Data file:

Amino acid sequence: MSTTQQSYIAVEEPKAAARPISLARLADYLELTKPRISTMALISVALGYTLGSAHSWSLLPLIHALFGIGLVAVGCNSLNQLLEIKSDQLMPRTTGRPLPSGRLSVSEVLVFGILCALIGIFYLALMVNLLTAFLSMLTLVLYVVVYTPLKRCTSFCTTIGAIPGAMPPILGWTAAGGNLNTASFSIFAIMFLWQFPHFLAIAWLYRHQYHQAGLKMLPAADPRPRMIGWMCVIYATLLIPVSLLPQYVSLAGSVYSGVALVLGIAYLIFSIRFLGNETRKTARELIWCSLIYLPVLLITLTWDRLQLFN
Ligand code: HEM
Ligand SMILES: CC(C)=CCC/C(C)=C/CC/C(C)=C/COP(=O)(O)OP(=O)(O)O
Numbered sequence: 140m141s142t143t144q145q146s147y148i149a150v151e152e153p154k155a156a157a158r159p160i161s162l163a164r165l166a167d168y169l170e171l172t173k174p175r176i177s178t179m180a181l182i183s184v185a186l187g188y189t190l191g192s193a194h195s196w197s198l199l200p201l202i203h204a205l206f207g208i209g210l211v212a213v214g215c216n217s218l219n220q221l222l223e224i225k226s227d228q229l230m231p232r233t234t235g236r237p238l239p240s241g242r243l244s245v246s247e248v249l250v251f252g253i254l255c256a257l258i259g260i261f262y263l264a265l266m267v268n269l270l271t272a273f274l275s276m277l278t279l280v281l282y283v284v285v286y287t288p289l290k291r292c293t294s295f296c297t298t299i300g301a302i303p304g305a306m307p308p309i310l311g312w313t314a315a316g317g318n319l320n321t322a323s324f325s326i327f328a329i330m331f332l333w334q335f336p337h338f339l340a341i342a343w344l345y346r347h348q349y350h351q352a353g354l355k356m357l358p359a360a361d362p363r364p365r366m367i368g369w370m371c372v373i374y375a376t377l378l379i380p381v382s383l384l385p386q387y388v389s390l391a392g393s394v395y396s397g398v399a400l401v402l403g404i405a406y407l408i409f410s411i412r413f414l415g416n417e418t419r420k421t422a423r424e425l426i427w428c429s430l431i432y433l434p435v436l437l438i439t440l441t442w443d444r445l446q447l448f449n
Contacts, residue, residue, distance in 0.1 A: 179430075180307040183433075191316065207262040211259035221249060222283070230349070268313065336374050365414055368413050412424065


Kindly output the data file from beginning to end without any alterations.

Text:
Amino acid sequence: MSTTQQSYIAVEEPKAAARPISLARLADYLELTKPRISTMALISVALGYTLGSAHSWSLLPLIHALFGIGLVAVGCNSLNQLLEIKSDQLMPRTTGRPLPSGRLSVSEVLVFGILCALIGIFYLALMVNLLTAFLSMLTLVLYVVVYTPLKRCTSFCTTIGAIPGAMPPILGWTAAGGNLNTASFSIFAIMFLWQFPHFLAIAWLYRHQYHQAGLKMLPAADPRPRMIGWMCVIYATLLIPVSLLPQYVSLAGSVYSGVALVLGIAYLIFSIRFLGNETRKTARELIWCSLIYLPVLLITLTWDRLQLFN
Ligand code: HEM
Ligand SMILES: CC(C)=CCC/C(C)=C/CC/C(C)=C/COP(=O)(O)OP(=O)(O)O
Numbered sequence: 140m141s142t143t144q145q146s147y148i149a150v151e152e153p154k155a156a157a158r159p160i161s162l163a164r165l166a167d168y169l170e171l172t173k174p175r176i177s178t179m180a181l182i183s184v185a186l187g188y189t190l191g192s193a194h195s196w197s198l199l200p201l202i203h204a205l206f207g208i209g210l211v212a213v214g215c216n217s218l219n220q221l222l223e224i225k226s227d228q229l230m231p232r233t234t235g236r237p238l239p240s241g242r243l244s245v246s247e248v249l250v251f252g253i254l255c256a257l258i259g260i261f262y263l264a265l266m267v268n269l270l271t272a273f274l275s276m277l278t279l280v281l282y283v284v285v286y287t288p289l290k291r292c293t294s295f296c297t298t299i300g301a302i303p304g305a306m307p308p309i310l311g312w313t314a315a316g317g318n319l320n321t322a323s324f325s326i327f328a329i330m331f332l333w334q335f336p337h338f339l340a341i342a343w344l345y346r347h348q349y350h351q352a353g354l355k356m357l358p359a360a361d362p363r364p365r366m367i368g369w370m371c372v373i374y375a376t377l378l379i380p381v382s383l384l385p386q387y388v389s390l391a392g393s394v395y396s397g398v399a400l401v402l403g404i405a406y407l408i409f410s411i412r413f414l415g416n417e418t419r420k421t422a423r424e425l426i427w428c429s430l431i432y433l434p435v436l437l438i439t440l441t442w443d444r445l446q447l448f449n
Contacts, residue, residue, distance in 0.1 A: 179430075180307040183433075191316065207262040211259035221249060222283070230349070268313065336374050365414055368413050412424065